· Full Approval, once the council has all the necessary statutory powers, has tendered for the scheme construction, identified a preferred bidder, completed any post-tender negotiations and updated the scheme appraisal with the final confirmed scheme costs and forecast benefits (target date summer 2011).
With Full Approval, scheme construction
could start in 2011
, which would run until completion in
The Package has been developed by building on significant previous consultation work through the Weston Vision, the Area Development Framework and the Area Action Plan. Progress on the development of the Package has been presented to the Executive Member through regular briefings and to stakeholders through the Weston Advisory Group (WAG) at its meetings that take place every other month. A presentation on the Package was given to Members at a bespoke Workshop on 2 July. A short article will appear in North Somerset Life, published on 1 September, and at the same time, an e-newsletter will be forwarded to local businesses. Links to web pages giving more details will be provided in both, which will also give opportunities for comments to be made.
5. Financial Implications
DfT provides only capital funding for major schemes; if successful, WP1 would add to the Council’s infrastructure assets that would, in time require funding for maintenance. As stated previously, the proposed Park and Ride/bus services would not be commercially viable on opening and financial support would be required. This funding would be sought from developer contributions, but the Council would have to underwrite such contributions.
To prepare a MSBC requires significant time and financial resources, both in-house and external, through use of specialist consultant support. The costs of preparing the WP1 MSBC to Programme Entry is forecast at ~£664k, the majority of which has come from the Council and a bespoke grant from SWRDA, with minor contributions from developer funding and the Highways Agency. DfT does not reimburse the costs of the MSBC to Programme Entry; they are wholly ‘sunk’, regardless of the success or failure of the bid.
Once a successful MSBC has gained Programme Entry, the cost of further preparatory work also has to be born locally. A ‘rule of thumb’ calculation is to allow 10% of a scheme’s capital cost for the development costs; hence, it is estimated that the total WP1 preparatory costs will be ~£2.0m to 2011, of which £664k has been sunk, leaving a funding requirement of ~£1.35m.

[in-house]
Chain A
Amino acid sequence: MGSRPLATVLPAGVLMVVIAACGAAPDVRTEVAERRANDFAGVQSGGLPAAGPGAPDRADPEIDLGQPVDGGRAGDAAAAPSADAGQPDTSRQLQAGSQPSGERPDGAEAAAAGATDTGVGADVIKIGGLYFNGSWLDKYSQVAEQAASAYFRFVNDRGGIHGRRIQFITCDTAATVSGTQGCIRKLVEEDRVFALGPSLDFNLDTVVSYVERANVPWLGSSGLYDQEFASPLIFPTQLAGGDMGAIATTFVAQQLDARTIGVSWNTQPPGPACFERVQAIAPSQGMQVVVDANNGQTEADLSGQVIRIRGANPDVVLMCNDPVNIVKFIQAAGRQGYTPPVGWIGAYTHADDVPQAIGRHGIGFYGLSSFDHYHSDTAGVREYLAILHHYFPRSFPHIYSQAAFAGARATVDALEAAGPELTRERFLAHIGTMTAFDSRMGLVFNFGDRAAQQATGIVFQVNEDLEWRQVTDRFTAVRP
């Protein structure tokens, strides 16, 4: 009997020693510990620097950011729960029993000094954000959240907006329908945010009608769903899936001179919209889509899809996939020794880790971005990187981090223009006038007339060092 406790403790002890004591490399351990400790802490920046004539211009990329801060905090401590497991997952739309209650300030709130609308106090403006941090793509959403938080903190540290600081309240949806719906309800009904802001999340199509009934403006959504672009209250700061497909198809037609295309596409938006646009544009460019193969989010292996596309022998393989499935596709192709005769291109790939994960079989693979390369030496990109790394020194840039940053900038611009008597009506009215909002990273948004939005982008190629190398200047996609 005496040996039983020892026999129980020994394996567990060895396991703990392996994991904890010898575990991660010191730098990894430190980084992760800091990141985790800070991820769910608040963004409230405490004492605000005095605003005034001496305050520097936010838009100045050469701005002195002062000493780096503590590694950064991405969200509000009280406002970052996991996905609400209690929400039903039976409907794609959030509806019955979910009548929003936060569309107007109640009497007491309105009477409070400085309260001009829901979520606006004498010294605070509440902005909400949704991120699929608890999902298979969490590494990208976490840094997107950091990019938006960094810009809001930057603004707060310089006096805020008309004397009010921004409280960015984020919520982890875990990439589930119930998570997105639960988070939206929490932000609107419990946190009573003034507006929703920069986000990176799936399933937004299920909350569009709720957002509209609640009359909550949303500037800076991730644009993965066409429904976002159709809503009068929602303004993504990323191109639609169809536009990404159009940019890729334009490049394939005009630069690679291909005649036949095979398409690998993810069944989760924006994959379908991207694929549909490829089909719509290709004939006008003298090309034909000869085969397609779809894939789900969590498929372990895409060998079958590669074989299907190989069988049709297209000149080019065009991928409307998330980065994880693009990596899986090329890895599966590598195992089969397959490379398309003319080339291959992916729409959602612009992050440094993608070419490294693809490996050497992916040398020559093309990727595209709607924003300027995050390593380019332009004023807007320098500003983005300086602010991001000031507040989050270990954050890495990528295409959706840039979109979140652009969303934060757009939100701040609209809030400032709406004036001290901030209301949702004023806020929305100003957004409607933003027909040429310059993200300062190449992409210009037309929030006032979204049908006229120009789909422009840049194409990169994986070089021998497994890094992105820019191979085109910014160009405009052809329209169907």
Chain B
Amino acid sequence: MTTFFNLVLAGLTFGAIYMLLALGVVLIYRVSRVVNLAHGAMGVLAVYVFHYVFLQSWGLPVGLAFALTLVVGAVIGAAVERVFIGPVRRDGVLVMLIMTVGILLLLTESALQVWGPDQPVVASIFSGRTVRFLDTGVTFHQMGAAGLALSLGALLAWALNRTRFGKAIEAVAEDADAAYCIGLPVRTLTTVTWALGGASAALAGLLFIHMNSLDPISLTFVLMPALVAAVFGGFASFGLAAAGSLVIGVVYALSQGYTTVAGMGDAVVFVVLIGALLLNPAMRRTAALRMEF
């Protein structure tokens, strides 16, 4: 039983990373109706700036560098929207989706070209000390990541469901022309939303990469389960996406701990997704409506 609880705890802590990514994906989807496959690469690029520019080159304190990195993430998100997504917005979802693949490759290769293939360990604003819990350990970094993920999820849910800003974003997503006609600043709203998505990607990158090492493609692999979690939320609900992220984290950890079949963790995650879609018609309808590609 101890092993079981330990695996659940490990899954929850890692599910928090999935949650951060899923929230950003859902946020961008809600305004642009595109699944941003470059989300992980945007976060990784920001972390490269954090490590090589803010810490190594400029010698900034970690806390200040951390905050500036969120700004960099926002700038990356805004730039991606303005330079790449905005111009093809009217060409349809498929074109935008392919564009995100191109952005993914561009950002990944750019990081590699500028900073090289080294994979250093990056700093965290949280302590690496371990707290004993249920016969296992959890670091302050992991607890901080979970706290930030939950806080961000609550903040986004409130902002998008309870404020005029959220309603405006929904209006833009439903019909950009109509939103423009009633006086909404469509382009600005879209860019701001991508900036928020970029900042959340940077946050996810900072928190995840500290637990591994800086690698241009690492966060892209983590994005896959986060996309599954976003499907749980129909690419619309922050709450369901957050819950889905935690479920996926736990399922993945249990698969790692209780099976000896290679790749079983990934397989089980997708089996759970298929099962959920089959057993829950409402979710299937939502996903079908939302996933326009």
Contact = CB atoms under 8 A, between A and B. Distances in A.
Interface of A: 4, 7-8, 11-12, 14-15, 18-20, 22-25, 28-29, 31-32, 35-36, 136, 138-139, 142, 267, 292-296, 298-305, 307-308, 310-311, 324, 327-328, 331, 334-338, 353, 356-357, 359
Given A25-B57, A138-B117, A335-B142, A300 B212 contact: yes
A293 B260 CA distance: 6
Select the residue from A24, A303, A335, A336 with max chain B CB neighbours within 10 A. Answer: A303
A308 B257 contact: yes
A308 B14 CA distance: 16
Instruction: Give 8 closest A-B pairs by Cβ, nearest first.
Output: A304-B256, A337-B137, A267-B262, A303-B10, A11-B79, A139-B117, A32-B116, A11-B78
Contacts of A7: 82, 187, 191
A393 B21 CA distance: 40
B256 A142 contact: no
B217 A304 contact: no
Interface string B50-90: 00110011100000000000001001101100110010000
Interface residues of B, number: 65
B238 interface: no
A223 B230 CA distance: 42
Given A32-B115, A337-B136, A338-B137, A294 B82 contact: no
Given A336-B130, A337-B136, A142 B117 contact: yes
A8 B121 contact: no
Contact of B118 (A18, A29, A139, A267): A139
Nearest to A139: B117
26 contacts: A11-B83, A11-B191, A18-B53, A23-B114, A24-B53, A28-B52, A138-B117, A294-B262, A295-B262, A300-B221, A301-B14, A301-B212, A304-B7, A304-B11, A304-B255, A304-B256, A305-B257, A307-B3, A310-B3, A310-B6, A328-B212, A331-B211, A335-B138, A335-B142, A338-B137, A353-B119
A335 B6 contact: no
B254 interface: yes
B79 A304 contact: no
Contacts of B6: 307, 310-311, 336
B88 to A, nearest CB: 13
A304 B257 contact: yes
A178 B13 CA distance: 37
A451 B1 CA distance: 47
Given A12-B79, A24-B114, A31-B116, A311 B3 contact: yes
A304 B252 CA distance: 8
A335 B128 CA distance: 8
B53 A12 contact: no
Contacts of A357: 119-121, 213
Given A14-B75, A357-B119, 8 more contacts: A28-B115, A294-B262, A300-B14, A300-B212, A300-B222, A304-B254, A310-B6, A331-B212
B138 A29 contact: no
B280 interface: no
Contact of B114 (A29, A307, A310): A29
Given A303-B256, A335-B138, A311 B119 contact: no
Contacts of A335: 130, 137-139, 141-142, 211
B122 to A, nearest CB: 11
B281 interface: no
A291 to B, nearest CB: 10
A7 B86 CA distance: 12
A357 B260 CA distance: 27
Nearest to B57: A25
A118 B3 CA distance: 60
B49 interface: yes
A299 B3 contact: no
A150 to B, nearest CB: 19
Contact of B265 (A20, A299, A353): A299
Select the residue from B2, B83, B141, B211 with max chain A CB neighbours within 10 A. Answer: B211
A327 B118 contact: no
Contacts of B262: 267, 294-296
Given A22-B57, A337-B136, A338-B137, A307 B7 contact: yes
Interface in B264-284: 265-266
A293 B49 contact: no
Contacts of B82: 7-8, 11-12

DfT will reimburse up to 50% of ‘eligible’ development costs incurred by a council between Programme Entry and Full Approval. Claims are submitted with applications for Conditional and/or Full Approval (i.e. they are paid in arrears, so the promoting council has to fund them first); therefore, the Council could be claiming up to ~£675k from DfT in 2010/11. The balance would count towards the local contribution (i.e. ~£2.2m less ~£675k = ~£1.525m).
A report to the Executive in October 2008 will set out the funding requirements for WP1 and the other major transport schemes in North Somerset.
6. RISK MANAGEMENT
A risk assessment was undertaken for funding the council’s JLTP major scheme programme, including WP1, which was reported to the Executive in October 2007 and will be refreshed in the aforementioned report to the Executive this coming October. A bespoke risk register for WP1 has been prepared and maintained. The main risks to WP1 are that:
· the major developments in Weston do not proceed as expected and that local contributions towards WP1 could not be secured;
· the bid to the Regional Infrastructure Fund for the CAL fails and the CAL is not completed before 2015;
· WP1 does not meet DfT’s approval criteria;
· scheme cost increases;
· not securing statutory powers; and
· lack of funding for bid preparations.
The current economic downturn has raised the risk level that development will not proceed as was anticipated only a few months previously; the mitigation of this risk is outside the control of the Council and, hence, the likelihood that the Council will have to underwrite the local contribution has increased.
The employment areas of the Airfield site
and the CAL itself has approval subject to agreement of the Section 106;
however, the developer (Persimmon) has not, of late, been engaging with the
Council to conclude this agreement (presumably due to the general economic
downturn). Concluding the Section 106
is a necessary prerequisite to the Council’s bid to the Regional Infrastructure
Fund for the CAL, which in turn brings forward completion of the CAL to
coincide with WP1. Council officers are
attempting to re-engage with Persimmon to expedite the Section 106 and the bid;